artist: DOUG SAHM
label: SATIN SA-100
release: fall 1962, USA, 7” 45rpm
A-side: Can't Believe You Wanna Leave (2:41)
B-side: Crazy Daisy (2:24)
(Sahm - Warner)
comment #1:

excerpt from the liner notes on DOUG SAHM - SAN ANTONIO ROCK (NORTON CED-274):

Things began to happen for the Knights in late 1957 when Doug approached E.J. Henke, the owner of a local label, Warrior Records. Henke, a farmer's kid from the Karned City area, had sung with a country band and tried professional wrestling awhile before settling into the more stable world of radio advertising and record promotion by the mid-1950s. On the side, he ran Warrior, a small label that specialized in country music.

The songs Doug auditioned for Henke, including a Little Richard-styled screamer called Crazy Daisy, were polar opposites from the country sounds that had been E.J.'s forte, but he was savvy enough to recognize Doug's talent and rock music's marketability. Besides, Henke, echoing Sam Phillips, knew that nothing was cheaper than tape - or studio time. "Every time I got fifty or a hundred dollars," he says, "I'd go record 'cause it was only fifteen dollars an hour (to rent a studio). And I could cut four songs in two hours."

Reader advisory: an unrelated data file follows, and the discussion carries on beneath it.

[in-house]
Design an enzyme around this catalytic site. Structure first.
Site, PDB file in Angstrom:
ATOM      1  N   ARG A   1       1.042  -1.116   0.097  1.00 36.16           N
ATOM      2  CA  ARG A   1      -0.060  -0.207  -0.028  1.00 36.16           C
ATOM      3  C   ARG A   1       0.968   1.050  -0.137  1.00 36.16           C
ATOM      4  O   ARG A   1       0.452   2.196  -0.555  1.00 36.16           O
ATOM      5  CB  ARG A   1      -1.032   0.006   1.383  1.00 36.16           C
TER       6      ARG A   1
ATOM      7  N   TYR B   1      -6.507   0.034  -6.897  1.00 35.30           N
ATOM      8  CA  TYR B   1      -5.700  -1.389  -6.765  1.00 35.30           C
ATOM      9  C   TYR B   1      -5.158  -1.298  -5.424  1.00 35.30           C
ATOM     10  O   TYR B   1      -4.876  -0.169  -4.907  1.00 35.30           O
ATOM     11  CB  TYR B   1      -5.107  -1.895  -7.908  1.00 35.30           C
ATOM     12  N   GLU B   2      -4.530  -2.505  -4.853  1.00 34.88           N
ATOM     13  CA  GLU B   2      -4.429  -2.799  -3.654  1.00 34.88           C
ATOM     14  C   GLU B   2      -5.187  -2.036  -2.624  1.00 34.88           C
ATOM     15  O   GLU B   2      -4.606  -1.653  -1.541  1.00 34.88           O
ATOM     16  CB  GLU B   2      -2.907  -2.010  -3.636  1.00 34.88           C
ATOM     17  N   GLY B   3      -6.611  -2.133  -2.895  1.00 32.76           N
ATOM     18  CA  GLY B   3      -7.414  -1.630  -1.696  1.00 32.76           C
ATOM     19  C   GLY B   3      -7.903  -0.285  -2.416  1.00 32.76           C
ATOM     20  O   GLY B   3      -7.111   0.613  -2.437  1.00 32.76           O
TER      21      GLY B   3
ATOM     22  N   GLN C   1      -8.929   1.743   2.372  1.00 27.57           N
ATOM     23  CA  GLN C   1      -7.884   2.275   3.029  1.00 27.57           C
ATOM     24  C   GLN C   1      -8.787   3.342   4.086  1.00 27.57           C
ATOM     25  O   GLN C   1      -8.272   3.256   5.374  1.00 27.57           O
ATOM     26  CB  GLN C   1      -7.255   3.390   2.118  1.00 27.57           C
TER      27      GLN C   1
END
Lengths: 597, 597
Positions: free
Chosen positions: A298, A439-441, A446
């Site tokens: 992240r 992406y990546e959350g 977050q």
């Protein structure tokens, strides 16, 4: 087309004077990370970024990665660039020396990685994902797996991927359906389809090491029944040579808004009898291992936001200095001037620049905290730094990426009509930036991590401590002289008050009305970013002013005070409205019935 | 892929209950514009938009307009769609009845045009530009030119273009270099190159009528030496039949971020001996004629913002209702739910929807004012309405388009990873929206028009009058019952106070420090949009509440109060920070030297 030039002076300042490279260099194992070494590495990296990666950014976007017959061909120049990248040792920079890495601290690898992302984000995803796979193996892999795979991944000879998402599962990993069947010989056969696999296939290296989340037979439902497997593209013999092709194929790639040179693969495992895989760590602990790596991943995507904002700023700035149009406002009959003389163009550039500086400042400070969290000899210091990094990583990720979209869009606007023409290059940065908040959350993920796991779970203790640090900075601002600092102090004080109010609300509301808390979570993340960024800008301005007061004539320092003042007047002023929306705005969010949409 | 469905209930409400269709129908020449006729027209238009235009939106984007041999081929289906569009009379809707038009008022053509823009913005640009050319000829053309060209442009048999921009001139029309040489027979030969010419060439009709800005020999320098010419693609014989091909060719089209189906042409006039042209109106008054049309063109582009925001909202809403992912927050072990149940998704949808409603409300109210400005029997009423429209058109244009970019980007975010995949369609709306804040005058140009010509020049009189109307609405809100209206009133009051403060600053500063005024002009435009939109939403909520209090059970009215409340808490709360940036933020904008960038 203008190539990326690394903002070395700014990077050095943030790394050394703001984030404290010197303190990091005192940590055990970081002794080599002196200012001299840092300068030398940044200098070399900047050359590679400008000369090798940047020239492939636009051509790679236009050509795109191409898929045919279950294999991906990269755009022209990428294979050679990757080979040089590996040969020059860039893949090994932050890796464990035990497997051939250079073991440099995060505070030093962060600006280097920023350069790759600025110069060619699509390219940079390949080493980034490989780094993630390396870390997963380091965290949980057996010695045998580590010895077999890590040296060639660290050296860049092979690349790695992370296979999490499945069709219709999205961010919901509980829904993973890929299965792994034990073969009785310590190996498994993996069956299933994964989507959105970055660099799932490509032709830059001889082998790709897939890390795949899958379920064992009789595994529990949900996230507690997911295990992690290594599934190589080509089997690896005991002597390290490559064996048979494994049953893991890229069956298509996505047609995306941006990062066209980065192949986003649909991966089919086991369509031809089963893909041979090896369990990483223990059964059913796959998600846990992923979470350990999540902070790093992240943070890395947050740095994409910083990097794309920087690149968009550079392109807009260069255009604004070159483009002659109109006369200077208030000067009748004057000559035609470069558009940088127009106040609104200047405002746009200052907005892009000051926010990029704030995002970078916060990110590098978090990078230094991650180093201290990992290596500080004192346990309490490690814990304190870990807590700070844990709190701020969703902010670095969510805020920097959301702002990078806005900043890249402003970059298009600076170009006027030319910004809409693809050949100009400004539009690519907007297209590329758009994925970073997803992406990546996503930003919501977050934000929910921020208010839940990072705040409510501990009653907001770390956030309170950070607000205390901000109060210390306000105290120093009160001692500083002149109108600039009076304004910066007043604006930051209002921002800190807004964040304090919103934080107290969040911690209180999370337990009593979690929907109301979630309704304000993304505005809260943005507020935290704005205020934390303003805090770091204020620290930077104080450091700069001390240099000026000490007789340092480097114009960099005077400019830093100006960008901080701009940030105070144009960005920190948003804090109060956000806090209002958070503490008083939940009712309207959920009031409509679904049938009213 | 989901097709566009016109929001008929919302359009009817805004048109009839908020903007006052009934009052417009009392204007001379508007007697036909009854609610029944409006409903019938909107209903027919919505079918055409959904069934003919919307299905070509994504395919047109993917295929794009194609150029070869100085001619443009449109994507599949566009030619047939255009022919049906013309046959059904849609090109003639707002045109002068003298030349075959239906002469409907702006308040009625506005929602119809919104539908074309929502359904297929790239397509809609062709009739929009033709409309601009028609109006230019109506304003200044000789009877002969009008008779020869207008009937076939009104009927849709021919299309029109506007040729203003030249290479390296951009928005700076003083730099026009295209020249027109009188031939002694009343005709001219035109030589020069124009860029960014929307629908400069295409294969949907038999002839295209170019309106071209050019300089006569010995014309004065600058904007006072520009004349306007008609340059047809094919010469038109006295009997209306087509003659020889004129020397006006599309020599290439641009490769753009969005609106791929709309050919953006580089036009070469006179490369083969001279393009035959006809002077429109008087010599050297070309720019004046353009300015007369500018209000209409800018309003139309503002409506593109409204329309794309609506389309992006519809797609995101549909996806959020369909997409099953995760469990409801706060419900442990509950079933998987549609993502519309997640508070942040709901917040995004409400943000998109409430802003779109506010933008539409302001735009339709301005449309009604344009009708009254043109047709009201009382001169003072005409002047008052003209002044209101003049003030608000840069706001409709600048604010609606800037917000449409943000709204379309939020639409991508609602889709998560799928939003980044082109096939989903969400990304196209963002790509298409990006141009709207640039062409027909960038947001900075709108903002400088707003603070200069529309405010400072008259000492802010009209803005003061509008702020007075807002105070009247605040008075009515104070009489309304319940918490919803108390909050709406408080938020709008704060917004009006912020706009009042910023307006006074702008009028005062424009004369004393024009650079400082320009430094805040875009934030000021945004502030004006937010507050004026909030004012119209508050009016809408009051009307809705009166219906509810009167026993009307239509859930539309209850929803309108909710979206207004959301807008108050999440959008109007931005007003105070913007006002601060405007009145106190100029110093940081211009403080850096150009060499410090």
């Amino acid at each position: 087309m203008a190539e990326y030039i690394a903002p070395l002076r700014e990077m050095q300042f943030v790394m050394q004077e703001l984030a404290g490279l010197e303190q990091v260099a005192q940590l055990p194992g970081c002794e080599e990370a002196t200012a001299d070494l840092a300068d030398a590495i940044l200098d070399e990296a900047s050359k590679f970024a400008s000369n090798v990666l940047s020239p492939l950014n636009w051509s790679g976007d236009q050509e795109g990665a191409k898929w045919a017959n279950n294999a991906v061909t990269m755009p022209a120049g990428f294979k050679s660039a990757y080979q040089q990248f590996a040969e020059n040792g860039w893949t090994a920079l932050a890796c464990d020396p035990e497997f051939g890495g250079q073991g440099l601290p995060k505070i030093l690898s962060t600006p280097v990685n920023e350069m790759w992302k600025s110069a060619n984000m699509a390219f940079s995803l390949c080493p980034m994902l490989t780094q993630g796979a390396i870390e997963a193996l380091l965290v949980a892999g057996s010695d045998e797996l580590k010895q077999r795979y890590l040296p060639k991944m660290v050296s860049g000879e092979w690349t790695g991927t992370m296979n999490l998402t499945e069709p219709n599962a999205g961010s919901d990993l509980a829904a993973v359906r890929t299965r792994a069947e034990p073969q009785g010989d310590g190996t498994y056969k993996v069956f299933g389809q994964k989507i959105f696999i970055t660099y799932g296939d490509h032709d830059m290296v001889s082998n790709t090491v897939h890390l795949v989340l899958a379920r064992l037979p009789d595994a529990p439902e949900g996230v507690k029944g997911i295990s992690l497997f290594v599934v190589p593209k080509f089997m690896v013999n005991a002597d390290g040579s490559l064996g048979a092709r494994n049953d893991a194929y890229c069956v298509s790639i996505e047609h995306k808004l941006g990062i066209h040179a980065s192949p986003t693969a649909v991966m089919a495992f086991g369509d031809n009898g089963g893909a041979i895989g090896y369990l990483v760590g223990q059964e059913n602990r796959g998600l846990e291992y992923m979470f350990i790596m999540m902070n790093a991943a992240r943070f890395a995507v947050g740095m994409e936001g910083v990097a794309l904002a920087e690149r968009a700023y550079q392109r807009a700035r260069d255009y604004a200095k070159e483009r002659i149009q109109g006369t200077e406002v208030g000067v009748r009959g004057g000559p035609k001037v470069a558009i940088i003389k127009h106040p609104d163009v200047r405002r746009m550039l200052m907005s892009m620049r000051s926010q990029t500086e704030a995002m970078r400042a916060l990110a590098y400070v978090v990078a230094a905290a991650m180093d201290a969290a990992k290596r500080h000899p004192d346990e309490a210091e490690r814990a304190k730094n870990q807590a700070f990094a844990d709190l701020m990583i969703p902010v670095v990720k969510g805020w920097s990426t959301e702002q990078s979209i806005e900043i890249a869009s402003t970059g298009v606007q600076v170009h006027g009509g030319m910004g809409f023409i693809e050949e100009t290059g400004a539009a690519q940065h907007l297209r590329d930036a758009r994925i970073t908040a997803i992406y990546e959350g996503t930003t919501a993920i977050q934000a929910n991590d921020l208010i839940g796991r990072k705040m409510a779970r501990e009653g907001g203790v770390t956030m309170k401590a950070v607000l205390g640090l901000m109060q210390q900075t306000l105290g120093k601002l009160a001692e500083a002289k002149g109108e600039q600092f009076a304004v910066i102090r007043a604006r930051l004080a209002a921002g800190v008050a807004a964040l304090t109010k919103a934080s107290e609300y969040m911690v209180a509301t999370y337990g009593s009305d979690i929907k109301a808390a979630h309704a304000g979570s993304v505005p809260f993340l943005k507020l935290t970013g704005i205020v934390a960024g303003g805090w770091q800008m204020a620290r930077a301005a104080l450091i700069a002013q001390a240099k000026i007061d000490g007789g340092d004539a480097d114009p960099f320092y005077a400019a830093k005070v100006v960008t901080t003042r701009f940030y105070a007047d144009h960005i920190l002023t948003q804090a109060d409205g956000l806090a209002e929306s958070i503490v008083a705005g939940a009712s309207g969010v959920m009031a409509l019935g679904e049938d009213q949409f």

At the time, the Knights had come under the sponsorship of a local disc jockey, Charlie Van. An item in the San Antonio Light dated December 11, 1957, noted that "Charlie Van's Knights (are) waxing several sides for the Warrior label, to be released early next year." The waxing referred to is the raw, first version of Crazy Daisy, recorded late one night at the studios of KONO radio station along with a memorable take on Little Richard's Can't Believe You Wanna Leave. Doug handles tenor sax, Bobby Jett is possibly the baritone player, Johnny Neubauer pounds the piano, and the drummer is possibly Bobby Lynn.

It's hard to fathom why Henke or Sahm were unhappy with the results of this session; nonetheless, the tape was shelved for almost five years before E.J. Henke released these on his Satin label in the fall of 1962. Within a few weeks, two more unsuccessful versions of Crazy Daisy were attempted. They have since been lost.

(complete liner notes)

comment #2: Recorded at KONO Studio, December 1957
comment #3: "Crazy Daisy" on SATIN has no vocal intro and has a sax-solo and a piano-solo.